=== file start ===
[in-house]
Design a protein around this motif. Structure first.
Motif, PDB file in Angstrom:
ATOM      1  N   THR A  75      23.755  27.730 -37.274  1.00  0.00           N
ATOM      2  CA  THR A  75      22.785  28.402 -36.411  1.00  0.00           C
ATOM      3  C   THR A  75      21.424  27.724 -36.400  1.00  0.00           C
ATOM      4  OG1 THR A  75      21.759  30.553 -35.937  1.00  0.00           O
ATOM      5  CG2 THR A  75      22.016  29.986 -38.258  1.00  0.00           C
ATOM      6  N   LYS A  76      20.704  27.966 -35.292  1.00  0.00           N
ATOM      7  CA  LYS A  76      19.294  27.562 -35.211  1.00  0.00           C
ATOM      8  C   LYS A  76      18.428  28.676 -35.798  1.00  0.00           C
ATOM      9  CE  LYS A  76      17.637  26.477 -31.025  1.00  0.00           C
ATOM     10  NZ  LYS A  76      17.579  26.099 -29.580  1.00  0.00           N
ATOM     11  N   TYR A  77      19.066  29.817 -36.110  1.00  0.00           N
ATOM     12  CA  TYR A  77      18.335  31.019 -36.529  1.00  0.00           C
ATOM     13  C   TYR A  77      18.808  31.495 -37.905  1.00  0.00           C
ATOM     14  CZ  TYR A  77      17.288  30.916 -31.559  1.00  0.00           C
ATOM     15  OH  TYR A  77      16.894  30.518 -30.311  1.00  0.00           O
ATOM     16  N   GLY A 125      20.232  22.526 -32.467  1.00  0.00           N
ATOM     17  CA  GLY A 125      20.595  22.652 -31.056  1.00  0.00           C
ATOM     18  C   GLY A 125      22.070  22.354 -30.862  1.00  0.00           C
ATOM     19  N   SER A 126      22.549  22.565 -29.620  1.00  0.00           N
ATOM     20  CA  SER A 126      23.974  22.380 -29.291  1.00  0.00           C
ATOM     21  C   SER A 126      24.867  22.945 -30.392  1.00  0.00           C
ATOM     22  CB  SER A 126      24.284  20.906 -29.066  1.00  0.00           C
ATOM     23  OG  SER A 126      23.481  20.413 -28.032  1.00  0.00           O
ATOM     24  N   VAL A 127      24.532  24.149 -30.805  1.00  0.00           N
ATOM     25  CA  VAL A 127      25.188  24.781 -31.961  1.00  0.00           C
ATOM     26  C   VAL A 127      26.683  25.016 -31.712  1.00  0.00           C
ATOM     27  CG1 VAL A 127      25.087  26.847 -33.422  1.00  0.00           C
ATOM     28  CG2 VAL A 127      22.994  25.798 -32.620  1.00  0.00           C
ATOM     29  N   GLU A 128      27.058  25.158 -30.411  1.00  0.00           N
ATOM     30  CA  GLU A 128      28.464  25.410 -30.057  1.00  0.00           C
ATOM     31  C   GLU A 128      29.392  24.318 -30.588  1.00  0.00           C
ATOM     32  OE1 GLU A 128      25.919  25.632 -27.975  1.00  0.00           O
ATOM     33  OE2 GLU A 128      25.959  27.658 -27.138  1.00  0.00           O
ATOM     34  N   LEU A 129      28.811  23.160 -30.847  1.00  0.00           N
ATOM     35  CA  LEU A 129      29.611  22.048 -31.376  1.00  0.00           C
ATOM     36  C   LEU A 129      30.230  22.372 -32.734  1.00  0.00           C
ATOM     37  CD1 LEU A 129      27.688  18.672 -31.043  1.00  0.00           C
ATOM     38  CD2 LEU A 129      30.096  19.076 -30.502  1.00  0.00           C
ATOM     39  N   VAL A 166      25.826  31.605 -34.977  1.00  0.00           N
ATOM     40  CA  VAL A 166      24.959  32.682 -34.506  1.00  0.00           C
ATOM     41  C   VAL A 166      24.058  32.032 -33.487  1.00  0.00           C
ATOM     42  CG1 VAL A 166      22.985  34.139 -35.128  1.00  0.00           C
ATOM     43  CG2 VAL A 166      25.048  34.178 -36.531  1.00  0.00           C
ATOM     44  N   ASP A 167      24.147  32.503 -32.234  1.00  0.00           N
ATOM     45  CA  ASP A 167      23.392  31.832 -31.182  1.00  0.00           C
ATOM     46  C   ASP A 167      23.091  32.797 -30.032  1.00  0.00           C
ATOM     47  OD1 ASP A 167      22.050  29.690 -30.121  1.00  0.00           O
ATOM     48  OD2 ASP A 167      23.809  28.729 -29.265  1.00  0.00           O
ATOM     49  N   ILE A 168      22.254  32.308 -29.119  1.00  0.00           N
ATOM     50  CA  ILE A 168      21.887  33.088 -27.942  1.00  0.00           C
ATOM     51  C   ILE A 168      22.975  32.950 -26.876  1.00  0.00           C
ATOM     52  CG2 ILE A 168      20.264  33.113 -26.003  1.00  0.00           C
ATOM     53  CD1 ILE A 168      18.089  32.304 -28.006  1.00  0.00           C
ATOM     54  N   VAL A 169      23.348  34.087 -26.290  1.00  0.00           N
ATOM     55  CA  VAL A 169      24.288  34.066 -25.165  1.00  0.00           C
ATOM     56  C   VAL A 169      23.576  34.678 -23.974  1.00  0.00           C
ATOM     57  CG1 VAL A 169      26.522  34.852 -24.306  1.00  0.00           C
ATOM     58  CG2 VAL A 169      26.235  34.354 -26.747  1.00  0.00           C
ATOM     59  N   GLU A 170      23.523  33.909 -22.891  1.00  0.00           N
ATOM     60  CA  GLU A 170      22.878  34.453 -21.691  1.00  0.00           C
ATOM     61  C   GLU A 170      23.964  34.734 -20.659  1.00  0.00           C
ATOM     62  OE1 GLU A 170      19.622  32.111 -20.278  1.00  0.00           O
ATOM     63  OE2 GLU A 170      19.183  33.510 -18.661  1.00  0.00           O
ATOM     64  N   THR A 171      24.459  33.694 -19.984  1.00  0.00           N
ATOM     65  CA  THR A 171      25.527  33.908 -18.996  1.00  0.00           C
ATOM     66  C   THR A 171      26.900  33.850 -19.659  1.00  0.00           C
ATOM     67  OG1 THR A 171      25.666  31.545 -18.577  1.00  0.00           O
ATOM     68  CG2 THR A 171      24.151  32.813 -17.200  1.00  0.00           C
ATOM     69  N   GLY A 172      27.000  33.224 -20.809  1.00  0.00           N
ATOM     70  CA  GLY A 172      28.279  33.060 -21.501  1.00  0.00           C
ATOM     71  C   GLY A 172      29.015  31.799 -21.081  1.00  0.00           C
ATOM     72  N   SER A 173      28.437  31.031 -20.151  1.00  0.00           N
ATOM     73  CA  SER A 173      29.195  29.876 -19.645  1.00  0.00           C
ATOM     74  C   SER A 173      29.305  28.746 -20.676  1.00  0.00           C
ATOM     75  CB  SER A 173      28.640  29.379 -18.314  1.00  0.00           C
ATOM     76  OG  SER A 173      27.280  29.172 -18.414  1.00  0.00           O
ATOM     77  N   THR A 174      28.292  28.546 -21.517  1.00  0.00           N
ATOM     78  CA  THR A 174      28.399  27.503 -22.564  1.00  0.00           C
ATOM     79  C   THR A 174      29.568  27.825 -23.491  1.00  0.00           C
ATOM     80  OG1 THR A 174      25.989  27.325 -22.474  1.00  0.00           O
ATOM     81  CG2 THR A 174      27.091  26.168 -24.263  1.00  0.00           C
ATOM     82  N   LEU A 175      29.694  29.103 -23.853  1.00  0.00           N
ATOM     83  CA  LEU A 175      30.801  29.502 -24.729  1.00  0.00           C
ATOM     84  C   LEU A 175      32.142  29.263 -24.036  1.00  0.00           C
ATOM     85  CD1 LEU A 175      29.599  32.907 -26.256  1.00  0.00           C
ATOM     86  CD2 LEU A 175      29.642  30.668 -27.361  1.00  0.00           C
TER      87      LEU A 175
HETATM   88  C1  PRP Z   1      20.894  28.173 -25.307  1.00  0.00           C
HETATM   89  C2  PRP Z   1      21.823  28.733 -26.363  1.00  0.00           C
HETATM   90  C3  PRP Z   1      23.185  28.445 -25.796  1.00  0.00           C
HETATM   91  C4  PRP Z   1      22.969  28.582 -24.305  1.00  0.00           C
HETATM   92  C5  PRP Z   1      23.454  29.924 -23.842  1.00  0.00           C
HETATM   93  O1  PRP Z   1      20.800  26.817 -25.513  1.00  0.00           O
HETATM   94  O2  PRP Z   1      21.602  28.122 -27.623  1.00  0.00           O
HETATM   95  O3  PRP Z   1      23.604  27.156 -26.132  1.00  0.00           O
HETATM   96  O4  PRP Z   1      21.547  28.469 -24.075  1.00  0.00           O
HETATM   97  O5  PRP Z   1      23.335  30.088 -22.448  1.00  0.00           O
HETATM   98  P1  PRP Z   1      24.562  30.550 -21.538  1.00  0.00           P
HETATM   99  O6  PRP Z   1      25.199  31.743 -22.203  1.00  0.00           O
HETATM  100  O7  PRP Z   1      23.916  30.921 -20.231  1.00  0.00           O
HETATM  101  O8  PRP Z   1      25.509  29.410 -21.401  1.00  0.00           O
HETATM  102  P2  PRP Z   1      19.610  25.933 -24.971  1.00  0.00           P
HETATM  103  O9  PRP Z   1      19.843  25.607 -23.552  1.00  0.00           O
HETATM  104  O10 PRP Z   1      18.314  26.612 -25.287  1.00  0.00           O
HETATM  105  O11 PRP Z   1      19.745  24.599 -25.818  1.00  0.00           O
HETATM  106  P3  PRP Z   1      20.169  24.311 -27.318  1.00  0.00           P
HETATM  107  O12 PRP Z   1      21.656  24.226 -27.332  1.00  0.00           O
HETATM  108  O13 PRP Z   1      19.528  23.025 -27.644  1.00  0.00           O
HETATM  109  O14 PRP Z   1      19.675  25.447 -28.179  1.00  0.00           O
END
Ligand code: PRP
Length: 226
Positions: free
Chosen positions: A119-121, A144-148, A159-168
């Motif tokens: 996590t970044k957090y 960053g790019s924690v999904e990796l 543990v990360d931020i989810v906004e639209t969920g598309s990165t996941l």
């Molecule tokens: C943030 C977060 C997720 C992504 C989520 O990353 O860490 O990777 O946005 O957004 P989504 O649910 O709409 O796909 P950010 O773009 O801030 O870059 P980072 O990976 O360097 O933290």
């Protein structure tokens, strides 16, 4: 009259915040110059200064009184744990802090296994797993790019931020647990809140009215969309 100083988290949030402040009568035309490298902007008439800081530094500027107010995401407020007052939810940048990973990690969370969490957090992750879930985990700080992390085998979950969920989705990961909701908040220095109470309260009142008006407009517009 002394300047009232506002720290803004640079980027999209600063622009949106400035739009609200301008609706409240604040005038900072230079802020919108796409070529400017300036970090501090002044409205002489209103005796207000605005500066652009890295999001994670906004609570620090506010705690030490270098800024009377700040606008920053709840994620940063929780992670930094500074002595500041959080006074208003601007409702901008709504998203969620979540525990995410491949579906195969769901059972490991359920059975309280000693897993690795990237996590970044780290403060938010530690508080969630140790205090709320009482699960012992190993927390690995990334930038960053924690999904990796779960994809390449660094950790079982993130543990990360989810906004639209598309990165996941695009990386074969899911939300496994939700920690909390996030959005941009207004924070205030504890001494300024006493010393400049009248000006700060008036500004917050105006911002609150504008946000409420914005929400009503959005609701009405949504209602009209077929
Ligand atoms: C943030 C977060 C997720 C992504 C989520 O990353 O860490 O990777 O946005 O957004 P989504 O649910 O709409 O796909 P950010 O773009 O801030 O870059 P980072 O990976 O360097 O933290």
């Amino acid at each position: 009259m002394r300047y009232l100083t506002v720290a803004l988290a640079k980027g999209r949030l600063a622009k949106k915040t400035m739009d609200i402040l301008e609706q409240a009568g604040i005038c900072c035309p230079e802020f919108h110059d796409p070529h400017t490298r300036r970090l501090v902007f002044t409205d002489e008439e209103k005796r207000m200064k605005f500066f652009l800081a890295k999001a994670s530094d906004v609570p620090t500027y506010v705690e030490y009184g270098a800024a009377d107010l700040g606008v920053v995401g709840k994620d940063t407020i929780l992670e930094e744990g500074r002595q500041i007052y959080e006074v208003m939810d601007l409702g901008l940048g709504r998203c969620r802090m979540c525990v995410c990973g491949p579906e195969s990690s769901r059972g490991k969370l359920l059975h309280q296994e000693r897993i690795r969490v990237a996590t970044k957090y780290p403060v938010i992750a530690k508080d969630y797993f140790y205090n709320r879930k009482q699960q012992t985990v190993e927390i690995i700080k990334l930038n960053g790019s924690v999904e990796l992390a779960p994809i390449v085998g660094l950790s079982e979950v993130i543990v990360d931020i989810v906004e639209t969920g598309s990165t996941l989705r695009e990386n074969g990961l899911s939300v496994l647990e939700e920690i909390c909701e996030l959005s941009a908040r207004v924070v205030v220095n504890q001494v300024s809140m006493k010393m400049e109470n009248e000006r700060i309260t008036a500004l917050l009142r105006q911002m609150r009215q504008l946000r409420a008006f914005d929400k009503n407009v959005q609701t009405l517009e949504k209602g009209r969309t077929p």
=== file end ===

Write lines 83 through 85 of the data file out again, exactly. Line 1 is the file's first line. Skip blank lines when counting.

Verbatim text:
ATOM     80  OG1 THR A 174      25.989  27.325 -22.474  1.00  0.00           O
ATOM     81  CG2 THR A 174      27.091  26.168 -24.263  1.00  0.00           C
ATOM     82  N   LEU A 175      29.694  29.103 -23.853  1.00  0.00           N